Justice Souter filed a concurring opinion in which Justice Breyer joined. Justice Stevens filed a dissenting opinion. Justice Ginsberg filed a dissenting opinion in which Justice Stevens joined.

To illustrate questions concerning the suppression of evidence seized as a result of an illegal warrant, one should read the opinions mentioned above. It is obvious that the Supreme Court of the United States is concerned and is not in agreement concerning searches through the use of an illegal warrant.

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An Ohio case as recent as State v. Warren (1998), 129 Ohio App.3d 598, 718 N.E.2d 936, decided August 28, 1998 and not published in the Advance Sheets until November 22, 1999, applies. The Court of Appeals for Hamilton County held that crack cocaine obtained should be suppressed and excluded from the criminal proceedings.

In the Warren case, the court held that the Fourth and the Fourteenth Amendments to the United States Constitution prohibit warrantless searches and seizures. “Unless an exception applies, warrantless searches are per se unreasonable.” Id., 129 Ohio App.3d at 602, 718 N.E.2d at 939.

Upon a reading of, the cases, it would appear that the search of a residence which was specifically mentioned in the Fourth Amendment to the Constitution by use of the word “houses,” is perhaps more important than a warrantless search of an automobile (which had not yet been invented).

In State v. Younts (1993), 92 Ohio App.3d 708, 637 N.E.2d 64, the court found the “plain smell” of marijuana in an auto did not give probable cause to search. “Probable cause must, be based upon objective facts that could justify issuance of a warrant by a magistrate.” 92 Ohio App.3d at 711, 637 N.E.2d at 67. See, also, State v. Gough (1986), 35 Ohio App.3d 81, 519 N.E.2d 842,

In the case before the court, the officers were aware that when they made the arrest of the defendant outside her home, that the charge was a minor one, i.e., a seat belt violation, and that while they had a perfect right to make the arrest even though the warrant should have been withdrawn by the Shelby Municipal Court, this was not a major event. Not until the defendant explained that her child was inside did the officers go into the house with the consent of defendant. Upon going inside, they smelled marijuana and subsequently found drug paraphernalia.

The police officers found the time and the methods to make a search with the dog. Because it was in the evening, the officers apparently felt that they did not have the time to obtain a warrant.

The original arrest and the subsequent charge are misdemeanors.

It is the court’s opinion that the search without a warrant in this case was not reasonable and was in clear violation of the Fourth Amendment to the Constitution of the United States and that any evidence of drug paraphernalia obtained during the search should be excluded. The defendant’s motion to suppress is therefore granted.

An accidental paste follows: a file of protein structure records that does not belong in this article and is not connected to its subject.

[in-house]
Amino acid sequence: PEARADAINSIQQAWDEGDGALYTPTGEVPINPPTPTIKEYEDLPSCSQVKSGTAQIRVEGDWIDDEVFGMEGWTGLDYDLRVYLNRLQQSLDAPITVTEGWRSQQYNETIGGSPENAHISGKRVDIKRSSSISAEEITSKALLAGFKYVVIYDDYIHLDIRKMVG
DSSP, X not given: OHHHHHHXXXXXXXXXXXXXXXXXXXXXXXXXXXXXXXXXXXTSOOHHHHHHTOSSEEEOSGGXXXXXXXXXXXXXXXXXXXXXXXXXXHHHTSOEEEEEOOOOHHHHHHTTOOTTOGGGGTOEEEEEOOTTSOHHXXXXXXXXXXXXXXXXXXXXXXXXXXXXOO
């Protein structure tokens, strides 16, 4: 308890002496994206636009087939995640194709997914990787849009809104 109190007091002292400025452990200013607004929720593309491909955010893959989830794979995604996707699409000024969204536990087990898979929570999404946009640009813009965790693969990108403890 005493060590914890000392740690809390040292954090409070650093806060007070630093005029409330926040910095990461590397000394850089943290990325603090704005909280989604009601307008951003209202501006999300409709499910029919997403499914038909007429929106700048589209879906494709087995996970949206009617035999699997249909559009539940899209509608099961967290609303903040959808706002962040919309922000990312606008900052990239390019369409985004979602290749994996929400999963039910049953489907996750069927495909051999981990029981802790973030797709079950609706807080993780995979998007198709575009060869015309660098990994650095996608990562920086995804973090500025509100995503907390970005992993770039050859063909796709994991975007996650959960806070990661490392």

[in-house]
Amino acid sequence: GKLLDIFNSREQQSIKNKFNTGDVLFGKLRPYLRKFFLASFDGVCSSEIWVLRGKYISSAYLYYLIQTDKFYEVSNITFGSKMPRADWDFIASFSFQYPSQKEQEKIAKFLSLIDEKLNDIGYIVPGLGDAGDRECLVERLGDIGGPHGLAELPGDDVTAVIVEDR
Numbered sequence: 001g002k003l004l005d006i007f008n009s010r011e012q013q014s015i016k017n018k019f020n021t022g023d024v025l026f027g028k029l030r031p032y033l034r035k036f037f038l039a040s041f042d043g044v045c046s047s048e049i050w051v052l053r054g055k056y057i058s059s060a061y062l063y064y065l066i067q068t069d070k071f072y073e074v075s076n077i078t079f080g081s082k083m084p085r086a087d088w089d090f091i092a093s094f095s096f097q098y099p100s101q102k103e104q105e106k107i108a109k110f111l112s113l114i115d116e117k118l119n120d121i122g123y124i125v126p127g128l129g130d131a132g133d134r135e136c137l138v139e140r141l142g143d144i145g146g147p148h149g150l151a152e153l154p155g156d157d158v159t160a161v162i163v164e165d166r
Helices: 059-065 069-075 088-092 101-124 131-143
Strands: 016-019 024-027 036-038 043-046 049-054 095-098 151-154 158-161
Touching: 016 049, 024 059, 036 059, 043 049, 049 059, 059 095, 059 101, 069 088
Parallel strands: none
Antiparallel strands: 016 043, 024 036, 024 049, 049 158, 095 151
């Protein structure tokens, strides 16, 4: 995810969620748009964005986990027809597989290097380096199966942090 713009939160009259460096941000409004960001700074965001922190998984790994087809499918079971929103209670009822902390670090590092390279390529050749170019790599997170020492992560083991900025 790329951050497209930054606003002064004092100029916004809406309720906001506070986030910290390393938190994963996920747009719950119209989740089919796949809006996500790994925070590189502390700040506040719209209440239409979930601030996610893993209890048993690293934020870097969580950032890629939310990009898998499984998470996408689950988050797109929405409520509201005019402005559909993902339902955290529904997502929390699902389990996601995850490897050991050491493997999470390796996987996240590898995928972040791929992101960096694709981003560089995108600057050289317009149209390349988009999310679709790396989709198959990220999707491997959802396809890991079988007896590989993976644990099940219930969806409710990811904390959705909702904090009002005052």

Motion to suppress granted.

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HUGH I. TROTH, Acting Judge.

In response to the state’s motion for clarification, the court has reviewed its Opinion and Judgment Order and the transcript of the testimony at the original hearing on the motion to suppress.

The only issue is whether the “plain view” items should be suppressed.

The items found in the kitchen, scale, pipe, and ashtray, were found by Officer Evans, who did not testify. These items are found by the court not to have been in “plain view.”

All of the exhibits obtained by the police in their warrantless search are clearly excluded, with the exception of the “plate with marijuana stem shake seeds, like leftover.”

A review of the testimony on this item reveals that Officer Stacy Wendling testified that the plate was in “plain view,” which might bring this exhibit under the good-faith exception to the general suppression of all exhibits obtained by an illegal search.

The officers were invited into the defendant’s apartment to check “on the defendant’s sleeping three-year-old child. The officers smelled marijuana and their senses were alerted. They then began searching.

Officer Wendling found in “plain view” the plate with marijuana on the desk. Then she testified that it was “right on top of the dresser.”

It was a plate with marijuana residue and stems. In the officer’s handwritten report, it was an ashtray full of marijuana. The two bongs were found by the K- 9 during its search, apparently in a closet of boxes. Here the state admitted that these two pipes were not admissible. In Officer Wendling’s report, she wrote that she saw the two bongs in open view.

On page 21 of the record the officer explains her understanding of the law:

“It’s the same as being in a car, we can seize something in plain view and if a dog hits on it, that gives us probable cause to tear that car apart basically to look for drugs, that’s why the dogs are trained in that.”

The court is of the opinion that the officer was trying too hard to make the facts of this case fit her understanding of the law.

It is ordered that all items seized in this warrantless search be suppressed.

So ordered.